3. Brilliant round up of all the fabulous on goings of the uk pandemic. I will just in a corner an be an ostrich as the storm of reopening will come, even when we are not ready. And what wonders will that creates to the shopping list of issues we already have. 🤒🤕☹🙈🙉🙊

    Liked by 1 person

  4. The problem with deferring all that stuff is that the renters are expected to pay up fully at the end. From whence do they get the $$ ? Catch-22

    We are still a tad orange-averse over here. Though we do have (and have had for years) a marvelous comic strip called “Rhymes With Orange” which has a catchy theme song.

    Looking up the Psychology of Colour article right now. Thanks !

    Liked by 1 person

    • Yeah, the deferring thing’s a problem. The papers keep talking about a cliff edge and if they government’s trying to figure out what to do they’re keeping it very, very secret.

      Thanks for the link. I like her/their (I think they’re two people involved, but I wouldn’t swear to it) stuff.


  5. From what little experience I’ve gained from this whole mess – A lot of small businesses would have been in trouble as a result of the pandemic with or without the lockdown. Bunches of people were/are afraid to go to out regardless of what the government said/says.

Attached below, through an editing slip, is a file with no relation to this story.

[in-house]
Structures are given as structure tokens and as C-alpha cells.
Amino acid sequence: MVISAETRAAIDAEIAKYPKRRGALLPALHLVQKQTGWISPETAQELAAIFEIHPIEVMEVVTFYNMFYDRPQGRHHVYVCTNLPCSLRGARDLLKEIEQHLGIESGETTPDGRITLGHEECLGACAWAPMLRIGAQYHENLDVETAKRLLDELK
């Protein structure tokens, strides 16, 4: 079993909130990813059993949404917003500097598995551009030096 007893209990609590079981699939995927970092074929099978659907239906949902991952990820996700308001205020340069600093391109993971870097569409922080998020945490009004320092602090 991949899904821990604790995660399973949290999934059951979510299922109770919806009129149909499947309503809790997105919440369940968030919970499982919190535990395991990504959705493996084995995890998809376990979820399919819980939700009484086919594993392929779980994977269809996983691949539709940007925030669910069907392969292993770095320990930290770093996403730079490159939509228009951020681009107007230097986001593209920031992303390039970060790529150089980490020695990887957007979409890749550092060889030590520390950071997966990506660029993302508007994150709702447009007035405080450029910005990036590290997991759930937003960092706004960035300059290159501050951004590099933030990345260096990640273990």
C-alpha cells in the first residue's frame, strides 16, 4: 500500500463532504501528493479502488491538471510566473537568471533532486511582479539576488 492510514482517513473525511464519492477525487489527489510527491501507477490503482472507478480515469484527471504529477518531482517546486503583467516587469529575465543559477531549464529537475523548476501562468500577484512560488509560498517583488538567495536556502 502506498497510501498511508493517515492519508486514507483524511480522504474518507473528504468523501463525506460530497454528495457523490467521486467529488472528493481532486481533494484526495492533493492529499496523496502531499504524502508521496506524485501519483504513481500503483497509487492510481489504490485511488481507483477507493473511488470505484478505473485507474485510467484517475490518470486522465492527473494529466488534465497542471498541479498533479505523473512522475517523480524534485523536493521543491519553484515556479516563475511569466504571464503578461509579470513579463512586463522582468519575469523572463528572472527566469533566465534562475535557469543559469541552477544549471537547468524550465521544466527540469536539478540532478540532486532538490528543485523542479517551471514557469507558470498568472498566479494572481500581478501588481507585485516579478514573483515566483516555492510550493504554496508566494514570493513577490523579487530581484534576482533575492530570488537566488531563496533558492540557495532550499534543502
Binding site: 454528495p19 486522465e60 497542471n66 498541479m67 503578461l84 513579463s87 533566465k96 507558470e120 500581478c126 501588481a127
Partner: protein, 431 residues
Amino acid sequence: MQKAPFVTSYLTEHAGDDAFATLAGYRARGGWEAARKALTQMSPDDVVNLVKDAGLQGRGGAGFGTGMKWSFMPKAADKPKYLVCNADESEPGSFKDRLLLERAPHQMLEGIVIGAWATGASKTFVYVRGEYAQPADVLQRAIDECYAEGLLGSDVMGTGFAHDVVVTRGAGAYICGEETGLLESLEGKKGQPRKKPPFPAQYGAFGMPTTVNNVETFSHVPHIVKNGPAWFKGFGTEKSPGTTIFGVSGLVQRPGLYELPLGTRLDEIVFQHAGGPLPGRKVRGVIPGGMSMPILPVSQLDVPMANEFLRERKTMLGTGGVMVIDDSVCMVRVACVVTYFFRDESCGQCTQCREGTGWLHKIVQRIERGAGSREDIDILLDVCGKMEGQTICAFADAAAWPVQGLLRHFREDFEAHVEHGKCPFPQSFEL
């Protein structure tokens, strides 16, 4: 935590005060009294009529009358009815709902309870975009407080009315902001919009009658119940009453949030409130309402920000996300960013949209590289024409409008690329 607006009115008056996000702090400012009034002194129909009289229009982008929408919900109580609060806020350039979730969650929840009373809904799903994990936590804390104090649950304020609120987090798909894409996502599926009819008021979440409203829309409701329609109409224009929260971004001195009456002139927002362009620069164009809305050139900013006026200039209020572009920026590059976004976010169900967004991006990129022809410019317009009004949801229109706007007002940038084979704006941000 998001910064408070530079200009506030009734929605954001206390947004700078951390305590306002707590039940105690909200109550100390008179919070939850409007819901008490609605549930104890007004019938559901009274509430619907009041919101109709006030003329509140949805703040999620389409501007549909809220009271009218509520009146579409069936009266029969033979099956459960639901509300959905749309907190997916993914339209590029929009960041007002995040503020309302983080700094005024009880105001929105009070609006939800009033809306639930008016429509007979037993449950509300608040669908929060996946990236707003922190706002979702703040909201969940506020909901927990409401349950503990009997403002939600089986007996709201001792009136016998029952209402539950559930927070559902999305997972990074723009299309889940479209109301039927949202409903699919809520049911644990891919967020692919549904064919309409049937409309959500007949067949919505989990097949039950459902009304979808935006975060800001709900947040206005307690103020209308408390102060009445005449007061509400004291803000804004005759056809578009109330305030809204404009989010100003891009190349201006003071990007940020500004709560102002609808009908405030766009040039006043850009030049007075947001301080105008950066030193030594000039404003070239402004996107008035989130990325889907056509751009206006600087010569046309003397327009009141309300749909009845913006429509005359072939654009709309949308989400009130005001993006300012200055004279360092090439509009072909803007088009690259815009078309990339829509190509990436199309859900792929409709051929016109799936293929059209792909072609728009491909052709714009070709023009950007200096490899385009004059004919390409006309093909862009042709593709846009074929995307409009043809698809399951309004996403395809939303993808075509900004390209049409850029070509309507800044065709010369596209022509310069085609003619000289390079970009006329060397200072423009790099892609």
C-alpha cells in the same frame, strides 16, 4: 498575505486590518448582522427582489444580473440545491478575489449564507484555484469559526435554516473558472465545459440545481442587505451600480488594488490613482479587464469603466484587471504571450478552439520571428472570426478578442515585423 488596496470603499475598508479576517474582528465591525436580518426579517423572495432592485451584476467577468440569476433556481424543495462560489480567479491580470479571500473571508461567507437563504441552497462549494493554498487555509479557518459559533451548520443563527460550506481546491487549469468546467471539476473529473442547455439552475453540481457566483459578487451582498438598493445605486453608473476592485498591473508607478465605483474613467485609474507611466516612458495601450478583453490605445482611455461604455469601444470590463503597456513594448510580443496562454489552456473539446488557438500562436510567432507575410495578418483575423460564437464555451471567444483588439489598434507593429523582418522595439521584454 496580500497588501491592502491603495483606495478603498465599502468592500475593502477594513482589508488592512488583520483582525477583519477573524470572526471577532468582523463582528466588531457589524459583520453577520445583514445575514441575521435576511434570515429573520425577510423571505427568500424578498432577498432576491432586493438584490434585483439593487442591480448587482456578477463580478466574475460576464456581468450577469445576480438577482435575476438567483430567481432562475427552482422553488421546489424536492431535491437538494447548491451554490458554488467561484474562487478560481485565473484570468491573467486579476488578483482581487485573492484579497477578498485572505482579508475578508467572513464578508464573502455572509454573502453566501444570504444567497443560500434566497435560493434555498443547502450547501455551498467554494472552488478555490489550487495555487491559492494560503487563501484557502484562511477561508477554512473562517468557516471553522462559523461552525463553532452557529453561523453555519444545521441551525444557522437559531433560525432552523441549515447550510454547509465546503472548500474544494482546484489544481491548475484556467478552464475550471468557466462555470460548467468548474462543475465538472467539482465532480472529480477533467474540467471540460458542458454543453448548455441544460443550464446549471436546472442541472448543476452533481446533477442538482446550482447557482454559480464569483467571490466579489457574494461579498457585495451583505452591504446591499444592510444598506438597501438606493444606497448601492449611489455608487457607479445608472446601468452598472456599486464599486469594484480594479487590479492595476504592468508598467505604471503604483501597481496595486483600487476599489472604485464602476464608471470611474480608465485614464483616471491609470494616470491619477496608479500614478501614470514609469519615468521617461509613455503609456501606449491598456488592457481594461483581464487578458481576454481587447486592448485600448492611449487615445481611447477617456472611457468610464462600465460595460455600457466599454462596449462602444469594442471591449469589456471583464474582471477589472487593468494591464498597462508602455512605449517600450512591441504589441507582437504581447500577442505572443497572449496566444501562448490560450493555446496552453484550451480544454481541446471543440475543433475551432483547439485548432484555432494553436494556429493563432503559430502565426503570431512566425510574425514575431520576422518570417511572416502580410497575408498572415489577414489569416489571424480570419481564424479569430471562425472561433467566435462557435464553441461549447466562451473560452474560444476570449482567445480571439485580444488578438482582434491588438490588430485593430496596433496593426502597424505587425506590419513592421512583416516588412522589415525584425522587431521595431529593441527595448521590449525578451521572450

Liked by 1 person

    • A friend’s comment recycles through my head periodically. When they lifted the first lockdown, she said she and her partner hand’t gone into lockdown because Boris Johnson said to and they weren’t coming out because he said to. So yes, a lot of people were afraid to do the usual things. I know we were. And then you have to count the number of people who were sick, or taking care of someone who was.

      Liked by 1 person

  6. You are correct. It isn’t the lockdown that damages the economy it is the virus! People in the US and other countries have a problem realizing this. If the lockdown had been started sooner and included better quarantining, testing, and tracing procedures the “virus” would have not damaged the economy as much. South Korea is an example. The nut jobs in the US blame the lockdown for the bad economy and still refuse to wear masks in public!

    Liked by 2 people

Talk to me

Fill in your details below or click an icon to log in: Logo

You are commenting using your account. Log Out /  Change )

Twitter picture

You are commenting using your Twitter account. Log Out /  Change )

Facebook photo

You are commenting using your Facebook account. Log Out /  Change )

Connecting to %s

This site uses Akismet to reduce spam. Learn how your comment data is processed.